Myanmar’s human rights commission will not investigate alleged abuses committed against civilian detainees in war-ravaged northern Rakhine state, including deaths in custody of the government military, unless the army first finds soldiers guilty of such abuse, two lawmakers who requested probes told RFA’s Myanmar Service on Monday.
Oo Tun Win and Myint Naing, two lawmakers from Rakhine’s Kyauktaw township, submitted a formal letter to Myanmar’s parliament on June 21 through the Committee for Compliant and Appeals, urging an investigation into incidents in which suspects died in military detention, and calling for legal action against violators.
On Monday, nearly six months after submitting the letter, the Myanmar National Human Rights Commission (MNHRC) replied that it would take legal action only if current investigations by a Ministry of Defense tribunal found soldiers guilty.
Oo Tun Win said the commission’s response is unsatisfactory.
I would like to hear the human rights commission’s conclusion on the case, he told RFA. It has the authority to investigate and expose the losses of citizens’ rights and present the findings to the relevant ministries.
We would like to see its recommendations to take action against the offending organization for its rights violations, he said. We are expecting that. So far, we haven’t seen any satisfactory responses.
At least 10 villagers have died in military custody in war-torn Rakhine state after soldiers detained them for interrogation in Minthartaung village in Kyauktaw township, Letka and Waitharli villages in Mrauk-U township, and Panmyaung village in Minbya township.
Myanmar troops often detain civilians for interrogation during clearance operations in villages near conflict zones to determine whether they have ties to the Arakan Army (AA), an ethnic Rakhine rebel military fighting for greater autonomy in the state.
Numerous civilians have reported being tortured and injured by soldiers during questioning.
But MNHRC member Yu Lwin Aung said the commission does not plan to investigate the incidents mentioned in the letter signed by the Rakhine legislators.
So far, we don’t have any plans to investigate,’ he said, adding that commission members were busy looking into the case of a university student who was trafficked to Myanmar’s Ayeyarwady region to work on a fishing raft and later abused by the boat’s foreman.
We’ve got a lot on our plate right now and don’t have plans to investigate the cases you mentioned, he added.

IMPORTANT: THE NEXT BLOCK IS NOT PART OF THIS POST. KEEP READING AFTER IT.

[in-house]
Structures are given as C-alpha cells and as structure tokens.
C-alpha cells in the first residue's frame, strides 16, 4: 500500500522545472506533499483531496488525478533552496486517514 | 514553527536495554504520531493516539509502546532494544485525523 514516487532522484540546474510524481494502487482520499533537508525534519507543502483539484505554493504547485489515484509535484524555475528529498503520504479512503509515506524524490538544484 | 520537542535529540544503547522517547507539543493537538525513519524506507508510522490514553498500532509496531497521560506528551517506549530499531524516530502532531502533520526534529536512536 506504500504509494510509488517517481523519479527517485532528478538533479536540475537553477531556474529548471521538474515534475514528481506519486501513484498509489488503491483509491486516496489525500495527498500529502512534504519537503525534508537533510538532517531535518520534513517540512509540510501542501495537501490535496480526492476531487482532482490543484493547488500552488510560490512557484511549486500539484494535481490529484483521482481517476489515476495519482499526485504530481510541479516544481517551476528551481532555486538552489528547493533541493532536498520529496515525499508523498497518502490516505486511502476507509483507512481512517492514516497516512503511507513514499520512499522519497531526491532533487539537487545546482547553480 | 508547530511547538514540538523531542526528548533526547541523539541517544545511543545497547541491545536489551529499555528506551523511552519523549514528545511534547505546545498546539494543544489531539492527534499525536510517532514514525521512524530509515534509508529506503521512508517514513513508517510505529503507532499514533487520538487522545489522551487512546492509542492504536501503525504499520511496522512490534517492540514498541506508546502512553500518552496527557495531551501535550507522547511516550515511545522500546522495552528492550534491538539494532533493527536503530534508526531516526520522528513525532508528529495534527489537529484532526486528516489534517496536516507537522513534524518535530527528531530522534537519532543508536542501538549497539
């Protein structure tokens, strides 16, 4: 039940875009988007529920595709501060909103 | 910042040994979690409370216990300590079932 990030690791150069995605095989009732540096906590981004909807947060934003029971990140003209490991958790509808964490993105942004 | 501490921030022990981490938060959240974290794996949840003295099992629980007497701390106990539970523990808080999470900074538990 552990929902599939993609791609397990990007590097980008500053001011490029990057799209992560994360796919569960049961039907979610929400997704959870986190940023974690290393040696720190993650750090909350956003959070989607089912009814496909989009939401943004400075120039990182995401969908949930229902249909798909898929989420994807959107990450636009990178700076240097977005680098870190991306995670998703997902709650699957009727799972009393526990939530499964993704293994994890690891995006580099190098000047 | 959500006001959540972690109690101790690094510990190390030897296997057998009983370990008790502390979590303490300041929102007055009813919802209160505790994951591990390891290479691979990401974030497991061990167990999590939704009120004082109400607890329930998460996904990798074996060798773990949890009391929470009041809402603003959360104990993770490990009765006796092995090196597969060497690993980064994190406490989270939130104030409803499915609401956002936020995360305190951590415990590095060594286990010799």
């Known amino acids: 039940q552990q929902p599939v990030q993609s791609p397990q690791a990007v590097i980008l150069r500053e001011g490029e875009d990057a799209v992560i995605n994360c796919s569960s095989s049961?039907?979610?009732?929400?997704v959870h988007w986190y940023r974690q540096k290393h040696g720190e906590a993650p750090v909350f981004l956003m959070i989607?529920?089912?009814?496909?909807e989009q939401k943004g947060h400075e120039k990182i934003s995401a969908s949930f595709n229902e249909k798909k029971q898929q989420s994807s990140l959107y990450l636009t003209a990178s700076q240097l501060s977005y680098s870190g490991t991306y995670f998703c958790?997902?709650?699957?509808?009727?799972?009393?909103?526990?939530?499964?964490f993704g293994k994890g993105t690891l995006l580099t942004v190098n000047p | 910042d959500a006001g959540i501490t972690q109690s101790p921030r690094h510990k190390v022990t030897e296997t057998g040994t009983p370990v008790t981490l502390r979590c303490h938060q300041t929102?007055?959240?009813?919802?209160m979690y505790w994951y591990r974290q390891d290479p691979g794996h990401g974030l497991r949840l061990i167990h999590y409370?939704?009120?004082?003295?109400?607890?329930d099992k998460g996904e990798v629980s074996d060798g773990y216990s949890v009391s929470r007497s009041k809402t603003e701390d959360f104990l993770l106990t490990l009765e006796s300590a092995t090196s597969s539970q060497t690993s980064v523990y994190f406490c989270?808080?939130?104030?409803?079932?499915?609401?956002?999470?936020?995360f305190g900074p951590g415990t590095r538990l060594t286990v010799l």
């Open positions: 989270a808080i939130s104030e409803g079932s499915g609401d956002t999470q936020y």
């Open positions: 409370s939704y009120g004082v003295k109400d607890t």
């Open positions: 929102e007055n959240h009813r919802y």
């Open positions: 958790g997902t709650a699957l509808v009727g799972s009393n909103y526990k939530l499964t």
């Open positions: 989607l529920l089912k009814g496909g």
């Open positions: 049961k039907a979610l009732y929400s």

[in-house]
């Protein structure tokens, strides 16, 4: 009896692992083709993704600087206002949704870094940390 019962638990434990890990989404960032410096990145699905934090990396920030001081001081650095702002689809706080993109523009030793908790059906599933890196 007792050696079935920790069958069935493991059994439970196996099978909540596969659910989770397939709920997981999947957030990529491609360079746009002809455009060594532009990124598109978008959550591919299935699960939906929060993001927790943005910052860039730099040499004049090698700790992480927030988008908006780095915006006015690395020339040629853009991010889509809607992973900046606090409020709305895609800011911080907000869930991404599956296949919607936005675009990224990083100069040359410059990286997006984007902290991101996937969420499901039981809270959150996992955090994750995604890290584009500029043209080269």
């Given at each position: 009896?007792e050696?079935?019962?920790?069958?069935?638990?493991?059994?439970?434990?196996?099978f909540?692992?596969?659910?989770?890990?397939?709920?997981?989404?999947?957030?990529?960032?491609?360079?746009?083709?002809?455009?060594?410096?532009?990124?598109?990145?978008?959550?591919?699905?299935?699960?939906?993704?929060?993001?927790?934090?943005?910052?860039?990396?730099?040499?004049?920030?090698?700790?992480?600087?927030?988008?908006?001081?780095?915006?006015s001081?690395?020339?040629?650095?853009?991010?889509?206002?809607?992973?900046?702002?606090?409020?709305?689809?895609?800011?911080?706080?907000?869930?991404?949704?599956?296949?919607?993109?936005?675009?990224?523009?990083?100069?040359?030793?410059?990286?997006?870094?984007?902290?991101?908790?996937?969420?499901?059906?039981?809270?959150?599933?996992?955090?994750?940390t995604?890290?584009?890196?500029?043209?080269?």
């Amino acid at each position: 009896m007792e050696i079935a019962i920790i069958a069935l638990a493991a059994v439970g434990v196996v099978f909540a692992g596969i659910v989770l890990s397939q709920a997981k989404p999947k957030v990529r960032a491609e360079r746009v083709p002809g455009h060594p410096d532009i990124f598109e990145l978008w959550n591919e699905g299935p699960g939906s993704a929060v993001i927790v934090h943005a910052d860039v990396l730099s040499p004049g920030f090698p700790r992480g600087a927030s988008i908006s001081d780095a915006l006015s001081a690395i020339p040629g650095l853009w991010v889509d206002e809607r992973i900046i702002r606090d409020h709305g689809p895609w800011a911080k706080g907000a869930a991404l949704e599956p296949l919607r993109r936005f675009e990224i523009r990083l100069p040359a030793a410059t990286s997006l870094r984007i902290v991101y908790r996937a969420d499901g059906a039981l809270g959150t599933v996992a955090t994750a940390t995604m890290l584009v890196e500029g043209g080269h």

‘It is intolerable’
The Myanmar military announced on July 12 that a tribunal would be formed to investigate cases of civilian deaths during army detention, but it has issued no updates.
Family members of some of the villagers who have died during military interrogations told RFA that they had been interviewed by Kyauktaw township police, and that military officers never contacted them.
RFA could not reach Myanmar military spokesman Brigadier General Zaw Min Tun on Monday to get updates on the military’s investigation of these cases.
It is intolerable that my husband had been arbitrarily detained and killed despite his innocence, said Saw Saw Than, wife of Kyaw Hlaing from Kyauktaw’s Minthartaung village, who died in army detention.
They should have done the investigation only. They should not have harmed him. We have been silent because we are not allowed to speak out about it, she said.
Kyaw Hlaing, 43, was detained by Myanmar troops in May while he was gathering firewood in a forest near the village. He died at Kyauktaw hospital on May 26 due to injuries sustained during the interrogations after the 9th Infantry Battalion based transferred him to township police.
Human rights groups have called on Myanmar forces to stop arresting, detaining, and torturing civilians suspected of being members of the AA or having connections to the rebel army. They say such detentions and deaths in custody by soldiers violate international human rights treaties.
The Thazin Legal Aid Network in Rakhine’s capital Sittwe has said that Myanmar forces have charged more than 500 people this year on suspected ties to the AA.
Myat Tun, director of the Rakhine State Human Rights Defender’s Association, said that members of the MNHRC cannot be trusted because, he asserts, they are appointed by the Myanmar armed forces.
The members of the National Human Rights Commission are appointed by the military, so we don’t trust them, he said. In fact, they should be investigating the case thoroughly and taking action against the offenders.
Formed by the Myanmar government in 2011, the purportedly independent commission comprises 11 retired bureaucrats and academics to investigate complaints of possible human rights violations.
The commission replaced an earlier human rights committee formed under the military-controlled Ministry of Home Affairs.
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